# Finding number of pixels with certain RGB color in an image

I have the following image:

To determine the number of black pixels (nBlackPixels) I use:

imgData = ImageData[image];
positions = Position[imgData, {0., 0., 0.}];
nBlackPixels = Length[positions];


Can this be done faster?

• Count[Chop[imgData], {0, 0, 0}]? Commented Jun 29, 2015 at 14:34
• @Guess I think one needs to specify a levelspec of Infinity for Count. I also wonder if Chopping might actually be indicated here, since the OP is after pure black anyway. Commented Jun 29, 2015 at 14:43
• Ah, yes @Marco; I forgot how the colors were embedded there. Thanks. Commented Jun 29, 2015 at 14:55

ImageLevels[
ColorConvert[img, "Grayscale"]
][[1, 2]] // RepeatedTiming
(* Out: {0.0029, 144316} *)


Generally, for speed, you want to avoid pattern matching altogether.

• ImageLevels[img, "Byte"][[3, 1, 2]] is shorter and faster.
– M.R.
Commented Jun 29, 2015 at 15:18
• Thanks to everybody, but this code is incredibly fast ...
– mrz
Commented Jun 29, 2015 at 15:18
• @M.R. I don't think that will work in general, will it? You're counting the number of zeros in the blue color channel - but let's say there is a pixel like {50,150,0} then your method will be wrong. Commented Jun 29, 2015 at 15:25
• @Pickett Correct this is a one off ;)
– M.R.
Commented Jun 29, 2015 at 15:45

You can do this much faster and more easily on the image level using:

ImageMeasurements[ColorNegate@Binarize[img, 0], "Total"] // RepeatedTiming


{0.0039, 144316.}

Another way:

Length@ImageValuePositions[img, 0] // RepeatedTiming


{0.013, 144316}

• Wow, the first approach is really fast! Interesting! (+1) Commented Jun 29, 2015 at 14:46
• I never heard of RepeatedTiming. Thanks for that ;) Commented Jun 29, 2015 at 14:50

All times decrease as you proceed through this answer. The final version takes about 70% of the time of Pickett's solution on this sample problem on my hardware.

For comparison, mrz's initial solution:

mrz := Length[Position[ImageData[img], {0., 0., 0.}]]
mrz // RepeatedTiming
(* Out: {0.208, 144316} *)


I found a number of much slower ways to do this. :-)

Something unrelated to the proposed solutions, kind of the first thing I thought of (Can we tell who's been doing a lot of matching lately?):

(Plus @@ Plus @@ (ImageData[img, "byte"] /.
{{0, 0, 0} -> 1, {_, _, _} -> 0})) // RepeatedTiming
(* Out: {0.157, 144316} *)


Pickett's comment to MarcoB's solution is an improvement. I've also compared with Count[]ing a Flatten[]ed list.

MarcoB := Count[ImageData[img], {0., 0., 0.}, Infinity];
MarcoB // RepeatedTiming
(* Out: {0.128, 144316} *)

Count[ImageData[img, "byte"], {0, 0, 0}, Infinity] // RepeatedTiming
(* Out: {0.115, 144316} *)

Count[Flatten[ImageData[img], 1], {0., 0., 0.}] // RepeatedTiming
(* Out: {0.0985, 144316} *)

Count[ImageData[img], {0., 0., 0.}, 2] // RepeatedTiming
(* Out: {0.0907, 144316} *)

Count[Flatten[ImageData[img, "byte"], 1], {0, 0, 0}] // RepeatedTiming
(* Out: {0.0846, 144316} *)

Count[ImageData[img, "byte"], {0, 0, 0}, 2] // RepeatedTiming
(* Out: {0.0760, 144316} *)


Conclusions: Count[] to depth 2 beats Flatten[]ing beats Count[] to depth Infinity. Note that Count[]ing to depth 1 the Flatten[]ed showed an insignificant speedup, so these were suppressed in the above. Also, converting to "byte"s so that Count[] was comparing integers was faster in each variation than leaving the ImageData[] as floating point numbers.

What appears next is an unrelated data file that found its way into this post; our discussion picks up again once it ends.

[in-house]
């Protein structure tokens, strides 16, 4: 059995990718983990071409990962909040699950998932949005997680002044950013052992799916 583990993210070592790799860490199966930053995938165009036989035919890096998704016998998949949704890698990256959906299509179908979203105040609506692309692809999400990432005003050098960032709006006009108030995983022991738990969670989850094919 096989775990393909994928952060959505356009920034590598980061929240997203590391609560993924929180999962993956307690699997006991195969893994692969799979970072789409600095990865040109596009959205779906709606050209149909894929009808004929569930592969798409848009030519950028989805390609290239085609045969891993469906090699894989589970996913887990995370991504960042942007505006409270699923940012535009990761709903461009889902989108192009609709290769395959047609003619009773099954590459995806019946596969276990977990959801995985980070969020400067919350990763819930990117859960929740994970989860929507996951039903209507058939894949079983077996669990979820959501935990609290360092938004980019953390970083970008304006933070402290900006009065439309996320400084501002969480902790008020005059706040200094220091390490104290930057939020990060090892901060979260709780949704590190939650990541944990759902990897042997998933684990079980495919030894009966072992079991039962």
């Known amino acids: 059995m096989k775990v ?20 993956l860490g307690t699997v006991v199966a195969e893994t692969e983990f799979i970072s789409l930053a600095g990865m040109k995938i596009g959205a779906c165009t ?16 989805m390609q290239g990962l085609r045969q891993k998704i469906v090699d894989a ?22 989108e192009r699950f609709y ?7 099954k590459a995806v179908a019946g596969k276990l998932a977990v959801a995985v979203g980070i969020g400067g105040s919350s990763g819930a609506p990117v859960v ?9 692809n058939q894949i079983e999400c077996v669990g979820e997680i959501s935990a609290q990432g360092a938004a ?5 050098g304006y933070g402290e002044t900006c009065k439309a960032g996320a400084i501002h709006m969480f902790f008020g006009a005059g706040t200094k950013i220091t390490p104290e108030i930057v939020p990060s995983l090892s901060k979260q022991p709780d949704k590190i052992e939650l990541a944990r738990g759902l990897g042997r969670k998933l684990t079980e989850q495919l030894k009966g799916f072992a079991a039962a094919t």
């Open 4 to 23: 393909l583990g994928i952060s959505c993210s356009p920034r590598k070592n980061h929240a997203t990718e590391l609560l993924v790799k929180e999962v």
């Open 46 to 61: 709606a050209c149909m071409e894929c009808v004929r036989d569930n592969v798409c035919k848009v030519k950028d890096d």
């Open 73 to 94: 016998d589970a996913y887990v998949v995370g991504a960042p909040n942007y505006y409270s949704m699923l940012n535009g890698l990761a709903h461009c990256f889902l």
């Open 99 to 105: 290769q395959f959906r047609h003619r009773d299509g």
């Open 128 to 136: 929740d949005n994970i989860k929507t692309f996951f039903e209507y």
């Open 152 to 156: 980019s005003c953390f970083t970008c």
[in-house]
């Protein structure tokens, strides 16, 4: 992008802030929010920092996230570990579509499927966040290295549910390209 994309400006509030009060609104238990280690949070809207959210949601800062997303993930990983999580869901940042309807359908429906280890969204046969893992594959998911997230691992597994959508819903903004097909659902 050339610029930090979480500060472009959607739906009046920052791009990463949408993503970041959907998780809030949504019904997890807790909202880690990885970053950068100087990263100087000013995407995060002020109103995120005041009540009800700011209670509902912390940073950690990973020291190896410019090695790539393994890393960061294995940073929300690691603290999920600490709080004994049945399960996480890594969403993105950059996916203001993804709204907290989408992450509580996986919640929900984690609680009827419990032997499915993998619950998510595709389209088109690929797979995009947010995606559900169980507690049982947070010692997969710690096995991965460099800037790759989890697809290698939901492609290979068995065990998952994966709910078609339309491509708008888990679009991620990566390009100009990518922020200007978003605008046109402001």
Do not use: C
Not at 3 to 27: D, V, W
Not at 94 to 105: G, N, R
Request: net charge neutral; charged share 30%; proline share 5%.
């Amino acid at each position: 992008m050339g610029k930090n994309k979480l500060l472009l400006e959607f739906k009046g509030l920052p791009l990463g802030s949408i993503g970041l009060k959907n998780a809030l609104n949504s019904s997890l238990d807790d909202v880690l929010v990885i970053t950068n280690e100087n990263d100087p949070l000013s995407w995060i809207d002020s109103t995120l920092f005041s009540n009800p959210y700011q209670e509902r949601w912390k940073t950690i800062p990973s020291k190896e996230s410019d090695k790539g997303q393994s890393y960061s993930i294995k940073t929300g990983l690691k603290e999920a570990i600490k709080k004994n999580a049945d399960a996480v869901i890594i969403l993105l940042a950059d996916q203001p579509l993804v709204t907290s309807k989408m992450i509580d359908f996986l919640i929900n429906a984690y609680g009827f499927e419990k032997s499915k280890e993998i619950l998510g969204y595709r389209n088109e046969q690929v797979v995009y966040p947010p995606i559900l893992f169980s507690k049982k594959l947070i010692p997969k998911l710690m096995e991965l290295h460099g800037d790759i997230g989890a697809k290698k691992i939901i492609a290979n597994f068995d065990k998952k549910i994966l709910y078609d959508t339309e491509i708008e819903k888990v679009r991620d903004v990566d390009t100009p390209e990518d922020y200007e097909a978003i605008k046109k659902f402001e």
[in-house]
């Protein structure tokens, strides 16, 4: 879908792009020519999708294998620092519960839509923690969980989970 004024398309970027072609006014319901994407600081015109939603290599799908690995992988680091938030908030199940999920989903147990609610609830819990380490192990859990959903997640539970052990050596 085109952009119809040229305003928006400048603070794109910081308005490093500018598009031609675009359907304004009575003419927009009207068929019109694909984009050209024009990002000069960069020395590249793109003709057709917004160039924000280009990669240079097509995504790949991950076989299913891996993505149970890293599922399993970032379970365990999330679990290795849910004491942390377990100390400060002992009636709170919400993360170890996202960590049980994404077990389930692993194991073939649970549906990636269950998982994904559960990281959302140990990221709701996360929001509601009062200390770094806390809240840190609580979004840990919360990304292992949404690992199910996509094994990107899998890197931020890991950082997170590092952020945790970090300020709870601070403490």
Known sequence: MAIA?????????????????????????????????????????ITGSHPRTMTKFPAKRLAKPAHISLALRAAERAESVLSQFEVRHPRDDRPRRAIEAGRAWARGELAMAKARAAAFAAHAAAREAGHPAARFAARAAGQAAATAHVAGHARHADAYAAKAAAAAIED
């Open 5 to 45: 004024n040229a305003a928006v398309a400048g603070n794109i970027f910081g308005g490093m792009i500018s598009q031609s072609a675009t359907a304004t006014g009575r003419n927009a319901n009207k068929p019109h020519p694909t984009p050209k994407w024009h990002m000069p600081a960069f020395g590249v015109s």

If we are willing to Compile[], we can do a bit better. Note however, that compiling Pickett's solution "bakes in" only one image. That is, one would have to pay the cost of compilation for each image one wanted to count. This is because neither img nor ColorConvert[] are full arrays of numbers so neither can be an argument to a compiled function.

countzeroes = Compile[{{image, _Integer, 3}},
Count[Flatten[image, 1], {0, 0, 0}]
];
countzeroes[ImageData[img, "byte"]] // RepeatedTiming
(* Out: {0.0068, 144316} *)

Pickett := ImageLevels[ColorConvert[img, "Grayscale"]][[1, 2]];
Pickett // RepeatedTiming
(* Out: {0.0054, 144316} *)

(* Compiled Pickett ... *)
(* Note: the image is fixed at compile time -- varying the image requires recompilation *)
countzeroes = Compile[{},
ImageLevels[ColorConvert[img, "Grayscale"]][[1, 2]],
{{ImageLevels[_], _Real, 2}}
];
countzeroes[] // RepeatedTiming
(* Out: {0.0054, 144316.} *)

countzeroes = Compile[{{image, _Integer, 3}},
Count[image, {0, 0, 0}, 2]
];
countzeroes[ImageData[img, "byte"]] // RepeatedTiming
(* Out: {0.0038, 144316} *)


Compiled Pickett is not measurably faster than Pickett (because the only thing the compiler can do anything with is "[[1,2]]", which is too small to matter). We also see compilation speedup in the MarcoB-like solutions. Compiled Count[]ing to depth Infinity is insignificantly slower in this test, so is suppressed. Count[]ing to depth 2 is still faster than Flatten[]ing and Count[]ing. Converting to "byte" is about 3-times faster than forcing compiled Count[] to work with _Reals (0.0105 seconds, not shown above).

I prefer the MarcoB-like solutions because it is immediately clear what they do. It is a happy accident that the compiled, "byte"ed, Count[]ed to depth 2 version is fastest (on this test, on my hardware).

• Thank you for the thorough analysis (+1)! Commented Jun 29, 2015 at 20:51
• Great, Thanks Eric ..
– mrz
Commented Jul 1, 2015 at 9:15

You can use Count to achieve the same thing. It is slighlty faster on your image, but same order of magnitude execution time:

Clear[data]
data = ImageData[img];

Length@Position[data, {0., 0., 0.}] // RepeatedTiming
Count[data, {0., 0., 0.}, Infinity] // RepeatedTiming

(* Out:
{0.16, 144316}
{0.10, 144316}
*)

• Count is much faster if you tell it to only look up to level 2 instead. Commented Jun 29, 2015 at 15:01
• @Pickett that's an excellent idea, thanks for pointing that out. Commented Jun 29, 2015 at 20:52